The Red Polo Shirt

Last Sunday was a sad day. I finally had to throw away my old faithful red polo shirt which had been a good work horse for the last 18 months.

I guess nothing lasts forever and so, when the colour started to fade and the collar started to fray, I knew it was time to say goodbye and put it in the big wheelie bin in the sky. Fear not though, this fashion icon can still open his wardrobe to reveal a ‘Next’ polo shirt in every conceivable colour they sell. All the same style. All the same look. Some even with the price tags on them.

 

Why? Because it is what I know best. It is what I feel most comfortable in. It is probably the same reason why my dad selects fish and chips, regardless of what other delights the restaurant menu offers. Quite right, why try something different when you know what you’ve always done works?

 

A big jump from inside my wardrobe and my dad’s culinary exploits to BIM, perhaps not. But let’s park the technology debate for a second, and while we are at it, let’s not get too wound up over the cost barriers to implementation or even the business benefits that BIM brings. Let’s cut to the chase; I would like to talk about ‘change’.

 

Barack Obama spoke about change in his election campaign. Winston Churchill said: “To improve is to change; to be perfect is to change often.” Both Sir Michael Latham and Sir John Egan, in their respective reports, made recommendations to change construction industry practice. However, with human nature and social behaviour being what they are, we often stick to what we know best. And as my dad once told me, “Son, if it isn’t broke, don’t fix it.”

 

That’s all very well, but would we have put man on the moon if we hadn’t pushed the boundaries? Can you imagine life without the World Wide Web? And would we have had racial equality if Martin Luther King hadn’t ‘had a dream?’

 

Perhaps I am being a wee bit melodramatic. Some may even say a little naïve. However, the fact remains that to really innovate we need to adapt and change. Change is inevitable and unless you are willing to be open-minded and be open to change, things can become stagnant. I only need to mention Woolworths and HMV as high street brands which demonstrate the constantly changing world that we live in.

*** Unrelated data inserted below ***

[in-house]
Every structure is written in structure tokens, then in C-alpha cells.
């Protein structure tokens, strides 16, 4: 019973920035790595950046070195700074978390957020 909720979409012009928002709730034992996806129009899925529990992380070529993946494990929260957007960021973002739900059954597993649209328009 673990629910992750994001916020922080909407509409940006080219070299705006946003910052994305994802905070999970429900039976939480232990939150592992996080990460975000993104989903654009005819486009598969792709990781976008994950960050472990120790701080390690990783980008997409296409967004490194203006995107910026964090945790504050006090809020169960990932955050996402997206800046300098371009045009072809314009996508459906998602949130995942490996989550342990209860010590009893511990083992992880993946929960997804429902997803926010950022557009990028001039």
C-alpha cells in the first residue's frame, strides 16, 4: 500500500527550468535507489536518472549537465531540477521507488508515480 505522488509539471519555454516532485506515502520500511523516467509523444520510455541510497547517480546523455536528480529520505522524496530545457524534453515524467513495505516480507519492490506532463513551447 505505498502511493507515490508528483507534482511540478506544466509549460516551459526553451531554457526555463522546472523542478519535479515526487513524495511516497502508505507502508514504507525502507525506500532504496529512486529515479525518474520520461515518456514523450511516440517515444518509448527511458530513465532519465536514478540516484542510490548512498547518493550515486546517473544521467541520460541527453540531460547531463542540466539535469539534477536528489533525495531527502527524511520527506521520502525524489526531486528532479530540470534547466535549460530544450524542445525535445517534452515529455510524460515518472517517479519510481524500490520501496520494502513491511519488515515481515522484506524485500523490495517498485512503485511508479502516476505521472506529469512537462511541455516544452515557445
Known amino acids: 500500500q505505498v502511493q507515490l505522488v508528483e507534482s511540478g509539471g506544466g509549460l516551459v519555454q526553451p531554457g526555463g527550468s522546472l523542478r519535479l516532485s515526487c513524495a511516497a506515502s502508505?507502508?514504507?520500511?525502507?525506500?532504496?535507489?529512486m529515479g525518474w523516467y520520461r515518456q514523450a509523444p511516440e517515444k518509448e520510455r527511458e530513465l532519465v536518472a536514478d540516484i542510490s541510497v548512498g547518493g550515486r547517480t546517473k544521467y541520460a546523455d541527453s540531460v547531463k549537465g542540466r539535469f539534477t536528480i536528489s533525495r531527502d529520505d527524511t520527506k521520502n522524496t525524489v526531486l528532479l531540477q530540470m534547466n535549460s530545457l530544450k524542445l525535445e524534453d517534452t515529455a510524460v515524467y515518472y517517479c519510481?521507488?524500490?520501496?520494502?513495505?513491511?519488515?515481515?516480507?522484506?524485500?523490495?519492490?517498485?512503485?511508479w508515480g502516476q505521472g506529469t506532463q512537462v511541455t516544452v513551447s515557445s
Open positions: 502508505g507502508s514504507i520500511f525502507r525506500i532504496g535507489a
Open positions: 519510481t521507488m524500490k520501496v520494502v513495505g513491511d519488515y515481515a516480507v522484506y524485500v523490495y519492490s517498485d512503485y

BIM is more than just software, rather it’s a combination of technology, process and people. The latter component being a bit of a paradox, i.e. providing an organisation’s biggest asset but possibly creating the greatest barrier to BIM implementation. An organisation provides a wealth of collective knowledge. With knowledge comes power; but, again the paradox, knowledge also brings preconceived ideas about how things should be done or approached. After all we’ve always done it that way, right?

 

Now, please don’t get me wrong. I am not advocating change for change’s sake. The wheel is round and has been that way for a long time. It has been tried, tested and acknowledged as the best configuration over many generations. However, we are moving into a new digital age and so we need to revaluate how we do things. How do we use technology to process information and how can we use this information efficiently and effectively? Change doesn’t have to be instant, it doesn’t even have to happen overnight, but it will benefit from a timely start. However, I would also caution over rushing into change; hasty implementations often lead to ‘wheels coming off’. We also have to acknowledge that change brings uncertainty and resistance. It is only natural that we can feel threatened by any change whether culturally or within our processes. This resistance is often due to a lack of communication, trust or even understanding, so it’s important that the dialogue is initiated early as to why the change is happening. We need to keep things simple, easy to use and familiar as already BIM into a specialist subject.